Wings Magazine

Features Airlines
Airline Insider-January/February 04

Air Canada update, Start Bright, CanJet expects to Quadruple fleet

October 1, 2007  By Brian Dunn


It has been a long
and arduous struggle for Air Canada to right a sinking ship. As we went
to press, the battle between Victor Li’s Trinity Time Investments and
Cerberus Capital Management for an equity deal in the ailing airline
was ongoing.

But the future direction of the flagship carrier,
led by chief navigator and CEO Robert Milton, was to continue steering
a course toward aggressive cost cutting to compete with low-cost
carriers nipping at its heels and stealing market share. This follows a
third-quarter loss of $263 million which included $273 million in costs
related to Air Canada’s restructuring under the Companies’ Creditors
Arrangement Act.

Part of the restructuring included the need to
purchase about $4 billion worth of regional aircraft over the next five
to seven years. That purchase aside, some analysts believe Air Canada
will concentrate more on long-haul international flights at the expense
of its domestic routes. As if on cue, the airline announced a major
expansion in December of its service to Latin and South America,
including San Jose, Havana, Santiago and Buenos Aires.

its financial woes, Air Canada has managed to scrounge up enough cans
of paint – 200 litres to be exact – to kit out a Boeing 767 in a new
Star Alliance livery. The Boeing 767, sporting a two-by-27- metre Star
logo, is the first of several Air Canada aircraft to be repainted into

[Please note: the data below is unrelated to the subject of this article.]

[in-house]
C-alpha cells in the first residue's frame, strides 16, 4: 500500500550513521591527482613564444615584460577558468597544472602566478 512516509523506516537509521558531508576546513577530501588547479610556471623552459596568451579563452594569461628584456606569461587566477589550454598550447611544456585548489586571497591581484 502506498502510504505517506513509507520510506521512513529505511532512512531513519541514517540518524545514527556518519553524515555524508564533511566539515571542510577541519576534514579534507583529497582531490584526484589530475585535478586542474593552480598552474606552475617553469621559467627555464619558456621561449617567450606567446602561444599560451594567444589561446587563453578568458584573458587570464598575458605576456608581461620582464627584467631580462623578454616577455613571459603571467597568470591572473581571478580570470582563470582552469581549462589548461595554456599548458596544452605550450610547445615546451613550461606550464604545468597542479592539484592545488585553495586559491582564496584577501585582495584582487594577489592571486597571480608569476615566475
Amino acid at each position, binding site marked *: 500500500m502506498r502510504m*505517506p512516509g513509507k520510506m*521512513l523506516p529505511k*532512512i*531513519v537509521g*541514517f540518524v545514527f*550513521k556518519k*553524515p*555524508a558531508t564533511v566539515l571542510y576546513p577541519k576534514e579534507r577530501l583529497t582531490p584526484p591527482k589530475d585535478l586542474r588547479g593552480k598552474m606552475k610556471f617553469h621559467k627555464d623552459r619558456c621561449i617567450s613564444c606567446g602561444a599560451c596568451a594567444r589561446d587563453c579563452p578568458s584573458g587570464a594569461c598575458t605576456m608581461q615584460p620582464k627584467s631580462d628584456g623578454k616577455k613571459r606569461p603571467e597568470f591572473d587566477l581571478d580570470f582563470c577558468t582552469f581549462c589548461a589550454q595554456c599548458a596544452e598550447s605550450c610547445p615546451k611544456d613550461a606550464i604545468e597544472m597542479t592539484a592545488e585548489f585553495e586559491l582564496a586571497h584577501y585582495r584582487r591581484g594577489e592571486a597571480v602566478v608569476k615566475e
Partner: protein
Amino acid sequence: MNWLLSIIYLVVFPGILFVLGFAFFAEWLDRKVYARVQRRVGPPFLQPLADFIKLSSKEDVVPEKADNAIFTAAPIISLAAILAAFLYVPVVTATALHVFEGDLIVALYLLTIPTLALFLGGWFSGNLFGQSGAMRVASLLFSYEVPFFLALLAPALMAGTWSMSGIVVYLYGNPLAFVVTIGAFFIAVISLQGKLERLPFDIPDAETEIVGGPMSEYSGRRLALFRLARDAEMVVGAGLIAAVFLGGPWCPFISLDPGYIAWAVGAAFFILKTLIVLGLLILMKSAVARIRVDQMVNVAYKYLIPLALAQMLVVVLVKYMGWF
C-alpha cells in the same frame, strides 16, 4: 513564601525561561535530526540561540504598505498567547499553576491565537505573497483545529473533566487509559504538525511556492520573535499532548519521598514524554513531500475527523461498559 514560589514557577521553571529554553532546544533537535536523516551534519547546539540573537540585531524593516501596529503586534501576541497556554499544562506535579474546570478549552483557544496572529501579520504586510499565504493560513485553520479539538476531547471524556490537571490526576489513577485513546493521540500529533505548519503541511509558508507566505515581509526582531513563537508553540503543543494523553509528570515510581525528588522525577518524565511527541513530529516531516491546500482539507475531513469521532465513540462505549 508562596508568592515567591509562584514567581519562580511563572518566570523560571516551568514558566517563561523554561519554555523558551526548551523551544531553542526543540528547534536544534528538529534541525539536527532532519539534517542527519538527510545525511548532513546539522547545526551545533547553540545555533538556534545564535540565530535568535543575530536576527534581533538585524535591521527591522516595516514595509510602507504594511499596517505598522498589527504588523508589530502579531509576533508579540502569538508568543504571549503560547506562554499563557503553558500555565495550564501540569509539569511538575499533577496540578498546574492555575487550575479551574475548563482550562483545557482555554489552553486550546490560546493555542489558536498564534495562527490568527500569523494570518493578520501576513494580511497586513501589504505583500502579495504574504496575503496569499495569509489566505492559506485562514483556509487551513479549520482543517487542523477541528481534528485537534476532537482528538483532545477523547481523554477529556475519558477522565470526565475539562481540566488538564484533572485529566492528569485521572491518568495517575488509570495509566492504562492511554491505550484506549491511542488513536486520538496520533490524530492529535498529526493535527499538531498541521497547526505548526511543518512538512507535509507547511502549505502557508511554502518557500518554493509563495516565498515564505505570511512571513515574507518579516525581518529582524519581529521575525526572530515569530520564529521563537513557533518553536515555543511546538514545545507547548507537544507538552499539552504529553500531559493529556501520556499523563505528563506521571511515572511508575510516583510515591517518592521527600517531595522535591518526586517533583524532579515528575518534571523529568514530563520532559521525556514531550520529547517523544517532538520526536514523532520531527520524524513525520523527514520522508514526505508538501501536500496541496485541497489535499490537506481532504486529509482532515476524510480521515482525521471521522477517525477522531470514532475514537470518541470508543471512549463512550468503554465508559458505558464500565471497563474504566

flying billboards promoting the world’s largest air transport network.


Airlines wants to acquire 20 long-range aircraft with the first
delivery targeted for the beginning of February, and the remaining
aircraft to arrive gradually between 2004 and 2006.

Halifax-based lowcost carrier currently operates a fleet of six leased
Boeing 737-200s, which will gradually be retired, according to airline
spokesperson Wayne Morrison. While he declined to identify which
aircraft type is on the airline’s shopping list, he said, “it’s a safe
assumption it will be a Boeing product which gives us far greater range
and options. We’re also looking at our options in terms of leasing or
purchasing – or a combination of both.”

Morrison said the new
aircraft won’t be the 737-200 series and added there are three options
on the table. While the Boeing 737 has been the workhorse of the
Canadian lowcost fleet (CanJet, WestJet and Zip), AirTran Airways – the
second largest discount operator in the US – flies the Boeing 717-200,
an aircraft that Boeing is anxious to see operate in Canada.

aircraft are necessary for CanJet to expand its routes beyond its
existing seven Canadian and three Florida destinations. “There are
still some growth opportunities in Canada and we can maximize our
revenue if we increase our frequencies which we can’t do with six
aircraft. Our Florida routes are limited with the 200 series and we’re
also looking at serving other countries, particularly in winter with
longerrange aircraft.”


Stories continue below